Domá Máv Profession in Saleh'Alire | World Anvil

Domá Máv

Wandering Beekeeper Monks of the Avi

Saleh'Alire » Organizations Religious Human Avi

While they certainly had access to many domesticated creatures by the time they divided from their Sarian cousins and migrated south from Martova towards Olienn, Bees were the first creatures domesticated by the Avi on their own after the split. Indeed, they were the first recorded culture to produce manuscripts detailing Apiculture, leading some Archivists and Historians to theorize they were the first Aliran culture to domesticate Bees at all.   For that reason, a unique relationship has developed between the Avi and their Bees over the centuries since their domestication. And this relationship has culminated in the development of one of the most esteemed religious organizations among them: The Domá Máv; extant now since around the beginning of Aviian cultural distinguishment, the Domá Máv are a group of Monks dedicated to the Apicultural aspects of the Aviian God Niklás. While they maintain several isolated Siissá, many also travel between villages with their Kertá in small groups called Sii, blessing and pollinating crops.
No one knows for certain how the Aviian God Niklás actually became the patron of Apiculture- though many theories abound. Most of these have to do with his position as the God of trade, wealth, and commerce, and the high likelihood that Honey played an important role in just that in the early days of Aviian cultural development. Still, specific details are unclear- especially as early Aviian culture was orally transmitted before the first manuscripts (many of which were about Apiculture themselves).


  The Domá Máv are well known for the production of two main Honey products in particular: The more common Bávitá, and the clossly guarded Sákár- the latter of which was developed in association with the Domá Máv's healing traditions. This has, over time, led to the Aviian God Niklás gaining minor associations with the Life domain due to his patronage of Bees, and of the Domá Máv by proxy.  
▼ Bávitá ▼
A fermented, semi-alcoholic drink. While it's largely used to hunt Bears among those located closer to the mountains, it's also enjoyed recreationally by many.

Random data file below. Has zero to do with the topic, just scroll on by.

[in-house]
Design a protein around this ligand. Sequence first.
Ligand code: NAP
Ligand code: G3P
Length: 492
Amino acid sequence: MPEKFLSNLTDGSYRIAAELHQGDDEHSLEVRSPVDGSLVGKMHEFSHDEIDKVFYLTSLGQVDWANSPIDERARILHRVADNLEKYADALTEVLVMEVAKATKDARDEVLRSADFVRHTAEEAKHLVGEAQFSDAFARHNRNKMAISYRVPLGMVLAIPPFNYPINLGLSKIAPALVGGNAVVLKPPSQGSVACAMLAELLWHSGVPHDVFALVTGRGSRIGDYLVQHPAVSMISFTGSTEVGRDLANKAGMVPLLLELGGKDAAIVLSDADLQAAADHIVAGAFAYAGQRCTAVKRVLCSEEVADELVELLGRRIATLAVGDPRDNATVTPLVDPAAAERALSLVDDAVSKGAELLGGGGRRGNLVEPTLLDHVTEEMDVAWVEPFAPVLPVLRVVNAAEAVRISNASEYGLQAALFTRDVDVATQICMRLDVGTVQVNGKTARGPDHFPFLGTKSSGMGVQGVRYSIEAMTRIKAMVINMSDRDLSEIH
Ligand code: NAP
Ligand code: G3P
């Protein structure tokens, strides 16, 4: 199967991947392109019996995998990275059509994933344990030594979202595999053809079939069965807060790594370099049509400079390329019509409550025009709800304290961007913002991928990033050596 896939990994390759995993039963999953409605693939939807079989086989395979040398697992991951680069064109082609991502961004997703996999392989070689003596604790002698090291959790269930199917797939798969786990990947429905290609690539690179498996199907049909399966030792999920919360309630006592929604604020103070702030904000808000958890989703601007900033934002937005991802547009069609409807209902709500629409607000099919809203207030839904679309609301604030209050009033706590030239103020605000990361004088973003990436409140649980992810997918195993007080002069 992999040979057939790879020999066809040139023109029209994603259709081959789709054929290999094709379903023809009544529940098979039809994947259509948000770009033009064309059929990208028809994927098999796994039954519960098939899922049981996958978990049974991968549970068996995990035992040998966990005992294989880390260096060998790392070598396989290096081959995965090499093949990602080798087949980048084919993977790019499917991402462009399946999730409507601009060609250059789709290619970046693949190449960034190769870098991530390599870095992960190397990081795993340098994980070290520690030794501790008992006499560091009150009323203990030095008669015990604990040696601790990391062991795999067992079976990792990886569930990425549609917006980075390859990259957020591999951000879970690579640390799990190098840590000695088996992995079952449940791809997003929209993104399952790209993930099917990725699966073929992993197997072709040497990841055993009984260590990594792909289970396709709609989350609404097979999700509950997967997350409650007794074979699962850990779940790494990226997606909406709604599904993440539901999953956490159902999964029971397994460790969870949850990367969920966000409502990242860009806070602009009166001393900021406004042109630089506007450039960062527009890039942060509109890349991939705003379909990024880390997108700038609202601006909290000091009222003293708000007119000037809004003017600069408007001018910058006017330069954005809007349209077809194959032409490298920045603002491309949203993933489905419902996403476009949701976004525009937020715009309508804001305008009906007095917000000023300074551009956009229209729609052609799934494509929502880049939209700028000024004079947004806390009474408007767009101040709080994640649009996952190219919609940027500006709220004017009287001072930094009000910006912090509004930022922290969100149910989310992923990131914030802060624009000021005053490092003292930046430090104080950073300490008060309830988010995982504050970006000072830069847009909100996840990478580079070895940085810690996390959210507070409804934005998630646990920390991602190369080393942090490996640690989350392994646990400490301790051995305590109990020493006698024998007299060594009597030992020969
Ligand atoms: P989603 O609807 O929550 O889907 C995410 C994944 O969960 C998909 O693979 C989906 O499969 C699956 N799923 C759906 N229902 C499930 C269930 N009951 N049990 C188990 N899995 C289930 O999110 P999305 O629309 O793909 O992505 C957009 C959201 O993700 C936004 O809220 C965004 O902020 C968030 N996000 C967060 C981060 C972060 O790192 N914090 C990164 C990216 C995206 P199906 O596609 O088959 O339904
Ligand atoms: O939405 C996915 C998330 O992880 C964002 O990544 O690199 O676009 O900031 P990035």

▼ Sákár ▼
A healing remedy whose production is closely guarded. What little is known, however, is that it's produced by fermenting blessed Honey with several sacred Herbs. The final result is often creamy in both color and consistency.
  Because the Patron of Bees is also the Aviian God of Commerce, Trade, and Wealth, it is considered bad luck to take Honey without offering something of equal value in exchange. But because the Domá Máv themselves are a Monk order who have taken vows of Poverty and Communal Service, they are not allowed- according to the strict regulations of their religion- to directly ask for anything in exchange for their Honey products. For that reason an unspoken agreement has come into place between the Domá Máv and the Aviian people.   Through this agreement, Sii are given free food and lodging, and any other necessities, in whichever Aviian village they find themselves. Additionally, many Avi make regular donations to their local Siissá- or to individual Sii whenever they pass through their villages. Blessings, Coins, Chickens, and other odd goods (or even returned services) are also given in exchange for the services of them Domá Máv at any available opportunity- especially when Honey or derivative products are exchanged.  

Unique Traditions

Though not often associated with the Domá Máv, the God Márján still holds a surprising amount of sway among the Monks and is an "unofficial Patron" of sorts as most of their work is carried out in joyous song; while tending their Kertá, especially, the Domá Máv will often sing to the Bees.   These songs, sung in Old Aviian, are traditional Beekeeping songs developed during the early days of Aviian Apiculture. And while outlier songs with non-traditional lyrics may certainly exist, the vast majority of the lyrics tend to fall into one of two categories.